AK: The amount of data you accumulate is the biggest problem. There is so much, so fast that it is hard to keep control over everything. Having a dedicated data manager and data cleaning team is really important. We also have a citizen science project, Chimp&See, which has been incredibly helpful and rewarding at the same time. On this platform we have thousands of citizen scientists helping us to identify which animal species are in our camera-trap videos, and even more, helping to identify individual chimpanzees. Chimp&See recently helped me with one of my latest publications, investigating novelty responses to camera-traps where we asked citizen scientists to help us find and tag camera reaction videos. The website (chimpandsee.org) is being revamped at the moment and will be back better than ever including a multilingual interface, so stay tuned!

Chimp&See is a citizen science project helping to analyse camera trap footage.

In such a large project another important piece of advice I can offer is the importance of communication. It is often difficult and time-consuming to ensure all individuals who contributed to the success of a particular project have a voice in the final product, but it is key to maintaining trust in collaborations.

CS: You recently published a paper with data from the PanAf project in Science analyzing the relationship between human impact and chimpanzee culture. What was the main finding of that research project?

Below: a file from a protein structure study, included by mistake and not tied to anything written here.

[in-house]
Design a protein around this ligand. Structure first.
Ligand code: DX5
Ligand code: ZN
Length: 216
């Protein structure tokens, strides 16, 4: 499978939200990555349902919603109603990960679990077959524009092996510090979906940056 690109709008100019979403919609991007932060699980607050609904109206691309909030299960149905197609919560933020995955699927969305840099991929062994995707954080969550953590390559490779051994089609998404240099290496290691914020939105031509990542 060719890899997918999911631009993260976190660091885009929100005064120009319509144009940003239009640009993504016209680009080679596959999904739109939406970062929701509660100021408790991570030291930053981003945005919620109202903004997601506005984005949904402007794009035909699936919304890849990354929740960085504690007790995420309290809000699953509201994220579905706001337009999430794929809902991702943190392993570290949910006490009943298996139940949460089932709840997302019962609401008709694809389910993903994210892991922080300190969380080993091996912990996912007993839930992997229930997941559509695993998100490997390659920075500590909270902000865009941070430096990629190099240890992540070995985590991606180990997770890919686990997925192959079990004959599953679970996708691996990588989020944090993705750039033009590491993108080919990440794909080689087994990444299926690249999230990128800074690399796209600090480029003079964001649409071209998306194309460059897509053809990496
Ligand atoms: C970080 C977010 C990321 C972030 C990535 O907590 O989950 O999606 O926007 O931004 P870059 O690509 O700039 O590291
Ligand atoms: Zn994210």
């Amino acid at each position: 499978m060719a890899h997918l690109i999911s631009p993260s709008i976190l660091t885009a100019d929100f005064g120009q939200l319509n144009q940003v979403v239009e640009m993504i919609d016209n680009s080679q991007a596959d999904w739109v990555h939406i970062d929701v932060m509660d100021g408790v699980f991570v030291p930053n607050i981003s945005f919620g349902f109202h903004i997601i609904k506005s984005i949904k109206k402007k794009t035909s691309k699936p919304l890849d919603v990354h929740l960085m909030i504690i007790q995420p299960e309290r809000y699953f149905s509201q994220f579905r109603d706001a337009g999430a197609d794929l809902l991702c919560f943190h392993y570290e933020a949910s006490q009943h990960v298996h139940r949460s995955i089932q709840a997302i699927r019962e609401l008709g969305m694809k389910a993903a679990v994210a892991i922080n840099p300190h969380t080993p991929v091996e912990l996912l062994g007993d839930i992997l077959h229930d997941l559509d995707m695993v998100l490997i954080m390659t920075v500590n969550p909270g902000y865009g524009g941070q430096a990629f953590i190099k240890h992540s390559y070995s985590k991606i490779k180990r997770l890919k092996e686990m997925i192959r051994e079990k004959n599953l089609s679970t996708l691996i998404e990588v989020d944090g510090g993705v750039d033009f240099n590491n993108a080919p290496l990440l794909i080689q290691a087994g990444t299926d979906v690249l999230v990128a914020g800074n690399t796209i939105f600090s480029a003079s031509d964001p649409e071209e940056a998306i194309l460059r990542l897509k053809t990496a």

AK: We found that chimpanzee communities living in areas with a high human footprint (a global, freely available GIS layer) had reduced behavioural diversity. Since many of the behaviours we investigated were those that demonstrated cultural or population variation in previous studies, we inferred that anthropogenic impacts are contributing to the loss of wild chimpanzee cultures. This was a depressing but important finding, since it was the first time we could show that not only does human destruction lead to a decline in wildlife populations and genetic viability, but this destruction also manifests at the behavioural level.

CS: How can the PanAf project contribute to the conservation of great apes?

AK: In our Science paper we put forth the idea of ‘chimpanzee cultural heritage sites’ to draw attention to the fact that we value and preserve places and populations that contribute to humankind’s rich cultural history, so perhaps we should similarly value the cultural heritage of other species, like chimpanzees. We hope this idea will stir some discussion among scholars and conservationists and might eventually be considered as an additional aspect to be integrated into conservation action plans and the like. 

CS: Which questions would you like to answer in the future with this project?

AK: I would like to use the PanAf data to investigate predator-prey interactions, something we know very little about but was likely a significant evolutionary force for primate societies. I am also following up on our Science paper by examining drivers of behavioural diversification rather than eradication. I was also able to start my own research project, with help from the National Geographic Explorers fund and support from the Chimbo Foundation, to investigate chimpanzee accumulative stone throwing in more depth. I have been analyzing data we collected in the field during 2017 and I hope to have some results published soon on this strange and interesting behaviour.